The Jews do not want the remnants of a world hermetically sealed from the influence of civilization to radicalize and harm their fellow citizens. We are talking about a populace of which most are mentally trapped in the seventh century. Hamas has offered clear and convincing proofs that it should not receive official recognition of statehood.

          "Through constant polling, you're seeing many Gazans consistently dissatisfied with Hamas' rule in Gaza. But, you know, part of that also has to do with the fact that Israel has, like I said, imposed a blockade, which means that Israel has calibrated the amount of goods that go in and out of Gaza."

          If such dissatisfaction truly exists, then why do leaders of such groups continue to get elected with such overwhelming majorities of votes? Which Middle Eastern countries take kindly to Christians and Jews?

          "There is a lot that you can maybe blame Hamas for, but a substantial part of people's misery is not Hamas."

          That is simply an ignorant and irresponsible thing to say. We are talking about men who rape, steal, torture, and slaughter women and children. We are talking about men who force women to cover even their own faces. It is ultimately up to the people of Gaza to resolve their own problems, if they really want changes to take place in their lives. The ball is in their court. How does one suppose that America as we know it came into being?

Monday, November 6, 2023

Does The Roman Catholic Church Have A Deficient View Of The Gospel?

  • Discussion:
          -This article serves as a rebuttal to a number of claims made by De Maria as to the nature of justification and the role of works in the Christian life. Following are excerpts from the author along with a critique of those assertions: 

          "Will they be saved who do not do good works?"

          This question requires more than a simple yes or no answer. It is also a loaded question because it operates on the disputed assumption that faith and works are necessary for one's justification before God.

          "I don't know. Since the Catholic Church Teaches that we have assurance of salvation, we live a life of joy and peace when we give ourselves to Christ."

          How can a Roman Catholic say that he has assurance of salvation at all when for him the forgiveness of sin is not settled immediately by the single act of Christ at Calvary? It must be confessed to a priest and acts of penance are prescribed to make restitution. This must be done over and over again in a lifetime.

          "What the Catholic Church does not teach is the ABSOLUTE assurance of salvation."

          So, Catholics can have absolute assurance that they do not have absolute assurance of salvation.
          "We don't claim, as the Pharisee did, that we know that we are saved (1 Corinthians 4:3-4)."

          But Roman Catholics do, like the Pharisees of old, rely in part on their good works to get right with God.

          1 Corinthians 4:3-4 does not speak to the issue of assurance of salvation, but to the greatness of one's service to God. Ultimately, the only thing that matters is God's approval. If the righteousness of Jesus Christ is imputed to our account, then we are already fully accepted before God as righteous. That would be a judgment He makes in regard to us, not us in regard to our own standing before Him.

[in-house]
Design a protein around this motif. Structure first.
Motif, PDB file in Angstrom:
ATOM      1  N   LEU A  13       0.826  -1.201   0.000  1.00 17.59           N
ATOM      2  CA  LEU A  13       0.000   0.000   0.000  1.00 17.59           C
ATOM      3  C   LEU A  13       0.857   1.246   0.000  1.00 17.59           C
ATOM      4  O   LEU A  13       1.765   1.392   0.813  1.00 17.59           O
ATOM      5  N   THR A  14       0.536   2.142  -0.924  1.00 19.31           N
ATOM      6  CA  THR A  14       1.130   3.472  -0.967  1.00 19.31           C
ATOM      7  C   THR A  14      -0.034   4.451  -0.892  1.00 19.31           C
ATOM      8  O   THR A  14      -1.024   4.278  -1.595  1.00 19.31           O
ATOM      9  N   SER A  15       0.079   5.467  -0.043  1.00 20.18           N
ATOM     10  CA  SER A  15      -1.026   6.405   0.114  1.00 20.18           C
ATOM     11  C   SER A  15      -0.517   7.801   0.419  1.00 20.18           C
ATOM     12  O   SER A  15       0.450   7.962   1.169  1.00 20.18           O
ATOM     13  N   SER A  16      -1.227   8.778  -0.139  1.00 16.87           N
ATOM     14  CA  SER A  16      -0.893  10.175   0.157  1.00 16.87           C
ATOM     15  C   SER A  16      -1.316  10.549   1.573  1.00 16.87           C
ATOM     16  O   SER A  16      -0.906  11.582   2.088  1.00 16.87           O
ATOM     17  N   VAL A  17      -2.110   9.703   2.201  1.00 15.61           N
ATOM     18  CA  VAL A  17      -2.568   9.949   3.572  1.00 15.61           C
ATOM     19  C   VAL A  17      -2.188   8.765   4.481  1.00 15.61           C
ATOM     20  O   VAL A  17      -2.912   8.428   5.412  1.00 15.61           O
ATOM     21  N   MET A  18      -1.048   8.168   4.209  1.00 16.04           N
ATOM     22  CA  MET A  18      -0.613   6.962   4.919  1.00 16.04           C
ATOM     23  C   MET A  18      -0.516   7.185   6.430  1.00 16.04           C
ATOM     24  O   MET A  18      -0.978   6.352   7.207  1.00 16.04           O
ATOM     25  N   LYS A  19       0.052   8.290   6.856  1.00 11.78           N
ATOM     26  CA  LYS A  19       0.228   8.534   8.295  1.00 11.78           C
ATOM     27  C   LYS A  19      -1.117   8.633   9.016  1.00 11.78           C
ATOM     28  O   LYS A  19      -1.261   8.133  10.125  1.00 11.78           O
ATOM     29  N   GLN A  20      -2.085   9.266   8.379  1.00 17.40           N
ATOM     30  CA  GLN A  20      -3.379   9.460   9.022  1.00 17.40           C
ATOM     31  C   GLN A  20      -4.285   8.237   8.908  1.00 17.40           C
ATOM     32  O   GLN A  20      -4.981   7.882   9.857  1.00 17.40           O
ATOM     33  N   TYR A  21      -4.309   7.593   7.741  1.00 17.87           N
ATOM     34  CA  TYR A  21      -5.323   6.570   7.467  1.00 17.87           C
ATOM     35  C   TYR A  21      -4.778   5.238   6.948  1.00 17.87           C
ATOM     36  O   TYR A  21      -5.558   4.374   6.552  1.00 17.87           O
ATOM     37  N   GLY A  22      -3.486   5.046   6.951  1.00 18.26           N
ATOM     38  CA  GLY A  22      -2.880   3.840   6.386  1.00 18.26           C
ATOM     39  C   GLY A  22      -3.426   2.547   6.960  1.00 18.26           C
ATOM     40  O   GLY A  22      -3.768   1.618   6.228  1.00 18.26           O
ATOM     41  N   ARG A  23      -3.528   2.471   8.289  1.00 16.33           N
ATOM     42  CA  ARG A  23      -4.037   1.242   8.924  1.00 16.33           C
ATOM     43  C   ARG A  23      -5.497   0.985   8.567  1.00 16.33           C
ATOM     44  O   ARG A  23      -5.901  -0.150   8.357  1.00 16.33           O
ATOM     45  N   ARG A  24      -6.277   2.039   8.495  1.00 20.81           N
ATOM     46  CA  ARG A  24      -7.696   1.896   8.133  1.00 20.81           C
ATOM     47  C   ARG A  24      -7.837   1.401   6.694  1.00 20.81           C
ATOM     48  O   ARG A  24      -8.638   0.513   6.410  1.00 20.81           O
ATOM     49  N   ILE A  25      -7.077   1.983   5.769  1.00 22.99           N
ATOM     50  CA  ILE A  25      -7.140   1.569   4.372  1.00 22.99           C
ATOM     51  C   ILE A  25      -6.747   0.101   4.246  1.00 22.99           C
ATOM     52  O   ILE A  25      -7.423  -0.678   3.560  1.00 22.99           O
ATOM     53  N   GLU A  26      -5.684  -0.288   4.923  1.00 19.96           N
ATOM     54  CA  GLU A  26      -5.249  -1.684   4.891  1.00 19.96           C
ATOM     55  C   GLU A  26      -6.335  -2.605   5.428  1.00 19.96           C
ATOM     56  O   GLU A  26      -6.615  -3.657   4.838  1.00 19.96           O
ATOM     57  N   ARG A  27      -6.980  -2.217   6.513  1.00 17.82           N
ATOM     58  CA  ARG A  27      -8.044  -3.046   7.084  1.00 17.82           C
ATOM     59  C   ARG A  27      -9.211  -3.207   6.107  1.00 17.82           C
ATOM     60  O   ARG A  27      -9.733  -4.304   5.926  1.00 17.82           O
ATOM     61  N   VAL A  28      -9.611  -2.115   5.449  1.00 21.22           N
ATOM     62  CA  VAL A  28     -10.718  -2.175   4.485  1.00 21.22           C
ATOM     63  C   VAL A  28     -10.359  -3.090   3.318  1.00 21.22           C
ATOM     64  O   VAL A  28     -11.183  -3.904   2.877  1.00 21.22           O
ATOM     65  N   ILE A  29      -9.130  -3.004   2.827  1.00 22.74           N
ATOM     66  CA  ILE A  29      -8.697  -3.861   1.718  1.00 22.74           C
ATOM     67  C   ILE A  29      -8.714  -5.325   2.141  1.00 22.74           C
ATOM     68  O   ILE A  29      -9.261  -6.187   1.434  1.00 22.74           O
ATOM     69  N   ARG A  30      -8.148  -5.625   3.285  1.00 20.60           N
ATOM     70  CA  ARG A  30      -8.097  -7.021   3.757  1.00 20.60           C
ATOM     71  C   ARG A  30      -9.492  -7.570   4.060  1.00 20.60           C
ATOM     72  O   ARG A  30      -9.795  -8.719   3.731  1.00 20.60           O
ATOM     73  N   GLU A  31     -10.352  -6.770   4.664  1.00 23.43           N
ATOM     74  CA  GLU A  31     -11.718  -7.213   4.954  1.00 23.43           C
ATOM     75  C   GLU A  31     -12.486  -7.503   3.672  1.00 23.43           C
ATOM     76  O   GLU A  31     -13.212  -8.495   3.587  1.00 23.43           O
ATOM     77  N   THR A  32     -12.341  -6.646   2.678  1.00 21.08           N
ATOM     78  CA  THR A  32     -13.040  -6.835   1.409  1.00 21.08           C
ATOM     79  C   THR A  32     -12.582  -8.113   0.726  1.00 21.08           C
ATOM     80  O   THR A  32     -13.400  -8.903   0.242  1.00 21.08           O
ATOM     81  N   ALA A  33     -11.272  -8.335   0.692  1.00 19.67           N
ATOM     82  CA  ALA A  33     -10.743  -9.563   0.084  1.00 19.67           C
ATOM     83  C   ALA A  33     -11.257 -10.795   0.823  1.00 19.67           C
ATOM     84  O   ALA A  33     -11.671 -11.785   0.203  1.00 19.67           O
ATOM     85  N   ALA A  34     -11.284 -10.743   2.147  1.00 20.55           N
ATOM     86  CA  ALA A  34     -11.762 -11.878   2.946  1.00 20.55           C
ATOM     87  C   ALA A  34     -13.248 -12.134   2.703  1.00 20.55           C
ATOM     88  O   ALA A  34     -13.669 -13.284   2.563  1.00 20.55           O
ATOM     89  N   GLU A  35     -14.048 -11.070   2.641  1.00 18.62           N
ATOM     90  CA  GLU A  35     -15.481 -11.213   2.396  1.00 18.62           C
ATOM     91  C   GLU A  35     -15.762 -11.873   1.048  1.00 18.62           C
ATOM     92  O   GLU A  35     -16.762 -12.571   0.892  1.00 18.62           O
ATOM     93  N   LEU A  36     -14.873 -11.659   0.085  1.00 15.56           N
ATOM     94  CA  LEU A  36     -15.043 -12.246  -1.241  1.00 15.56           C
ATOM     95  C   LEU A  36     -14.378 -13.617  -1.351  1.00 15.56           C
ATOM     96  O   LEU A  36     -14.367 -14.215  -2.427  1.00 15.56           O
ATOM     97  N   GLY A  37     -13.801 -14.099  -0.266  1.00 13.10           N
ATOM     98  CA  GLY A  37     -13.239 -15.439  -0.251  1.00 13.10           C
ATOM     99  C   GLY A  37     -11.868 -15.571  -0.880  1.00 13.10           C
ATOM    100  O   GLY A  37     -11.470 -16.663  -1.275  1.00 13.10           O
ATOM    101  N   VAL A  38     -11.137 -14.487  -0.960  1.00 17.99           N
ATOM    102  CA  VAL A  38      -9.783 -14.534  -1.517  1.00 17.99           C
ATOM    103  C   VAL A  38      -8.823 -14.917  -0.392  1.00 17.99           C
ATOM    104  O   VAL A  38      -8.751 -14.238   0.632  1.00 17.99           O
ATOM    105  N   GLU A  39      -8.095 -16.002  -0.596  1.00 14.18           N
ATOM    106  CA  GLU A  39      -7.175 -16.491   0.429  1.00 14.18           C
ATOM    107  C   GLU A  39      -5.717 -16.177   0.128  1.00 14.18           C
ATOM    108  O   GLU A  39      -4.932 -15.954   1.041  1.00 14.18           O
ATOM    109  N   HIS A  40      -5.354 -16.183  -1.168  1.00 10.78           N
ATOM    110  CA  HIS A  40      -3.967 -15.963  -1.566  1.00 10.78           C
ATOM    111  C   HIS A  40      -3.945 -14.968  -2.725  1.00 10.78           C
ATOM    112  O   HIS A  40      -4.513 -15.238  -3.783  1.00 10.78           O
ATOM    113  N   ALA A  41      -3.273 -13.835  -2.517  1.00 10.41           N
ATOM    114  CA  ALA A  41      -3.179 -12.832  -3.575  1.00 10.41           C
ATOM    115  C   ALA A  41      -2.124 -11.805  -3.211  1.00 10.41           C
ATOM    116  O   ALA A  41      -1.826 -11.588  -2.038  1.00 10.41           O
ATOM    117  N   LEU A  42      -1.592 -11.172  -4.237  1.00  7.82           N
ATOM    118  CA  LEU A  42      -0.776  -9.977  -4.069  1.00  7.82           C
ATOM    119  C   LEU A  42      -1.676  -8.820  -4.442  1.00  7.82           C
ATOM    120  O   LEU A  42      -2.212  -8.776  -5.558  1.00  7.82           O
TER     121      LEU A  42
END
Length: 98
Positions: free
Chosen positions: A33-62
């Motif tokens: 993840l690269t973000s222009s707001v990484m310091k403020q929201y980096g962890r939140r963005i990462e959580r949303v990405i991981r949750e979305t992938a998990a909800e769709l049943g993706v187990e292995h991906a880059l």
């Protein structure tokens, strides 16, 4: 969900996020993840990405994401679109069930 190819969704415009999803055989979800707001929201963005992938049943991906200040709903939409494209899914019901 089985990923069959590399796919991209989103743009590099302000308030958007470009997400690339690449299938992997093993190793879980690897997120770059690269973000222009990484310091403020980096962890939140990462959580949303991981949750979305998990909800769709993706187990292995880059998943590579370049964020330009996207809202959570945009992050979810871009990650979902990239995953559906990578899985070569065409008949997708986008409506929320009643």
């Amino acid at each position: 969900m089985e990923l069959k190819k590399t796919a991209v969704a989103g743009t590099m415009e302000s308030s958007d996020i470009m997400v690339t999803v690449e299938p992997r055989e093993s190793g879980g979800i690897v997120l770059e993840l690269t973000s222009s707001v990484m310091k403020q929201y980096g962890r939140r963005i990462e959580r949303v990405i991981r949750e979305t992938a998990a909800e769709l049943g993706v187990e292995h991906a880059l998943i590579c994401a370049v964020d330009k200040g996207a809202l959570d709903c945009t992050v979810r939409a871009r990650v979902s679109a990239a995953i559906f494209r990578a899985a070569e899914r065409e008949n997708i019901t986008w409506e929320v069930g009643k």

"First of all, if you judge yourself saved, you judge yourself righteous. Luke 18: The Parable of the Pharisee and the Tax Collector. 9 He then addressed this parable to those who were convinced of their own righteousness and despised everyone else..."

          We are not assign any status to ourselves, but accept in humility what God has given us. The message of Luke 18:9-14 has been turned right on its own head. It condemns people who trust in their works to have a righteous standing before God. That would include things like going to church, baptism, confessing sins to a priest, partaking in communion, praying to saints, not committing evil actions, and a host of other things people do.

          "2. But if you say, "I am saved because of the righteousness of Christ which He has credited to me." Scripture doesn't say any such thing. If you are not truly righteous, God will condemn you. God does not acquit the wicked (Proverbs 17:15; Galatians 6:7)."

          Romans 3:21-22 speaks of the righteousness of God being received on the basis of faith. Faith is not said to be His righteousness but is what brings us to it. Romans 4:6-11 speaks of righteousness being credited to us, but not faith as being that righteousness. God gives us a righteous standing in Christ through faith. We no longer live wickedly by the power of His grace.

          "That's another error passed on by Luther. God forgives sins."

          It is not an error to say that God is perfect and condemns sinners. Paul himself said, "For all have sinned and fall short of the glory of God." (Romans 3:23)

          "Jesus Christ died for the sins of all men. But, only those who amend their lives and live in accordance to His instructions, will be saved (Hebrews 5:9)."

          God initiates this transformative process of sanctification and brings it to completion.

          "But God will not pour out His grace on those who do not obey His will."

          The heart of the problem with Roman Catholicism is that it offers people an inadequate gospel message. It is always the work of Christ plus something else. It is the work of Christ plus my own works, the merits of Mary and the saints, etc. Christ alone is not sufficient.